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Survey Question
How practical do you find Field Day-like operations with regards to true emergency preparedness?
  Posted: May 13, 2016   (393 votes, 26 comments) by N2MG

  Extremely practical
  Moderately practical
  Slightly practical
  Hardly practical
  Not practical at all
    (393 votes, 26 comments)

Survey Results
Extremely practical 16% (61)
Moderately practical 37% (146)
Slightly practical 24% (95)
Hardly practical 14% (54)
Not practical at all 9% (37)

Survey Comments
Not as relevant now
I actually participated in providing emergency health and welfare communications during the 1989 Loma Prieta quake in the SF bay area. I was a FEMA and OES trained ARES AEC. The epicenter was only a couple of miles away from my QTH. Field day is a contest sponsored by the ARRL with the guise of emergency preparedness. In the 80's before the advent of cell and satellite phones, I believed that amateur radio emergency communications was a benefit. Now that the infrastructure has been built out in the last 25+ years, I do not believe that EmComm is as relevant as it was a few decades ago. Field day is mostly HF and there is no practical message handling done. It is just another ARRL "traditional" contest. I participate almost every year in field day. I enjoy field day. I even hate contesting, but I enjoy field day. I am even in charge of operations for my local ham club for field day this year. I just do not believe that it is a practice for Emergency communications. Times have changed. But field day I have participating in field day since the early 70's. It is just a lot of fun! My newly minted ham YL will be in charge of the GOTA station this year, so it is exciting to see her getting so excited about field day.

Posted by KB6QXM on May 24, 2016

It's an experience
I feel every amateur should get one of these
field day exercises under their belt. In the
end, they really make you appreciate having a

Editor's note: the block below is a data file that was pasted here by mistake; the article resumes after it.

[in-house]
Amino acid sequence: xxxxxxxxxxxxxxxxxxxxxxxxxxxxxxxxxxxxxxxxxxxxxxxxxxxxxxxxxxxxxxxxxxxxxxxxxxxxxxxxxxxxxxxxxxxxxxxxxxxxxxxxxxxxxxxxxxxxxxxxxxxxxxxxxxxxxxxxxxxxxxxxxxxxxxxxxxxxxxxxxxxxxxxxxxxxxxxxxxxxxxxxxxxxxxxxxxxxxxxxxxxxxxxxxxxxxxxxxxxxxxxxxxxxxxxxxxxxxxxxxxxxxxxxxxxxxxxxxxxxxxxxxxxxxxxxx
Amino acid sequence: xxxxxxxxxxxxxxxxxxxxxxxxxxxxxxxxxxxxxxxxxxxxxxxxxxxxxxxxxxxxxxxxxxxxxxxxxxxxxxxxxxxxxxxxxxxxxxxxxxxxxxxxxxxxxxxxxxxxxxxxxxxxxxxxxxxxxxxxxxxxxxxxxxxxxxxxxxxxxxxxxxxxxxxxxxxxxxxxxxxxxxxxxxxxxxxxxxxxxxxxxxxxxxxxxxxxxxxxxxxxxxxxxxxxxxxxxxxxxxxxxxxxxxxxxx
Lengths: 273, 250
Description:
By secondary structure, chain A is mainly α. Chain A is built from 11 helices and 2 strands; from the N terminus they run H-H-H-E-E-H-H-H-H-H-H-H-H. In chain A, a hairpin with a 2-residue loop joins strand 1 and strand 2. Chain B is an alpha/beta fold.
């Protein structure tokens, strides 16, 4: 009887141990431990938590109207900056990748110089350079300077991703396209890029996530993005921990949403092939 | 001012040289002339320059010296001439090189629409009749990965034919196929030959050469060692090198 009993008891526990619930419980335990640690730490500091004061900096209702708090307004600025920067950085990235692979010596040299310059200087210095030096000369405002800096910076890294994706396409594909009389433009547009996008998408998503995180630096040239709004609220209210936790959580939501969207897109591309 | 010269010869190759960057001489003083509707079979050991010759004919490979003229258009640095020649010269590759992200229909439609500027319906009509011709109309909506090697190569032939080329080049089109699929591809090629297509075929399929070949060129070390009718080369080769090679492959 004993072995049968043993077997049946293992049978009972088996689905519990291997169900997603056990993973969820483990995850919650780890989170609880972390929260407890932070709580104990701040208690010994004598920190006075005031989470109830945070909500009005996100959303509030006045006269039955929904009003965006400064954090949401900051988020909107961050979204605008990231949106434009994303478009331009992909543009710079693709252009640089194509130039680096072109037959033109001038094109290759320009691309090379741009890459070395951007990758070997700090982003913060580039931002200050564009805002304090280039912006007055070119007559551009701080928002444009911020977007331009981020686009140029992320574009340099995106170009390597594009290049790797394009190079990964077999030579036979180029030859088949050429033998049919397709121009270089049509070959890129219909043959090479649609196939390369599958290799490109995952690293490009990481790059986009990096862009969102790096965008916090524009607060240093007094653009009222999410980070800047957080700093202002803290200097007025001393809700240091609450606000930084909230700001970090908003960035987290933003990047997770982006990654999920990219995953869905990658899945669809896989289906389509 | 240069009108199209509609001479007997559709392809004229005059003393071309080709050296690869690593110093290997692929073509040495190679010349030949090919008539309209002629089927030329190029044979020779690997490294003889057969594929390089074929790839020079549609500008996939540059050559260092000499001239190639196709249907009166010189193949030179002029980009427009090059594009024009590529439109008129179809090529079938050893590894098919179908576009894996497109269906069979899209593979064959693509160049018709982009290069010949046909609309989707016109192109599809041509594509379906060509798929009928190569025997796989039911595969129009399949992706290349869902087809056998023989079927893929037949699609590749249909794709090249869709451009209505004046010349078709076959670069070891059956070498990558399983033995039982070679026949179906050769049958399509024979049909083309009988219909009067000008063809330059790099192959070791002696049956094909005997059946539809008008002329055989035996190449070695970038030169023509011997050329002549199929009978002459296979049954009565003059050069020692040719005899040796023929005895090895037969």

ham shack in a controlled environment and
exposure to what a S9+ QRM environment is

Posted by AD0AR on May 24, 2016

FD is what you make of it
Living on the front line of the soon to come Cascadia Subduction Zone quake, which will be the most devastating natural disaster in modern times for breadth and cost, I use FD and our SET's to work with what I would use after the Big One comes calling assuming I survive. New gear needs to be checked out. Improvements will come as shortcomings are noted. Constant refinement is a literal life and death deal for me. I take it as seriously as I did my radio ops with SAC back in the day, when World War III hung on what I said.

For those who want to do the social aspect, have fun! I'll be going to the worst possible QTH for on-air work to see what my gear can do and no one will be around to bother me nor get entangled in my footprint of radials, tripods, solar power gear, antennas and radios. I won't be bothering with any logs, just checking out what the radios and I can do. Why not? There's gonna be a lot of on-air activity so this is a GREAT time to see how your equipment does in the FIELD!

That's why it's called Field Day.

Posted by WA7SGS on May 22, 2016

sausage fest
A bunch of old men playing hide the salami.

Posted by SSBER on May 21, 2016

Its ok
Most FD ops nowdays are not so much an
emergency excerise but a social gathering.
Here in The Valley of the Sun most clubs
pack all their gear and people up into the
high country to get away from the heat.
thats not really much of a emergency
training op but more of a group get away.
They plan for months on what equipment to
take, what antennas they are going to use,
who is bringing what food. everyone that can
takes their RV/campers so they will have all
the comforts of home. But thats ok..they
have fun in a way that suits them. It is
good planning for those emergencies that you
have 3 months advanced warnings of!!!

Posted by N0FPE on May 20, 2016

Field Day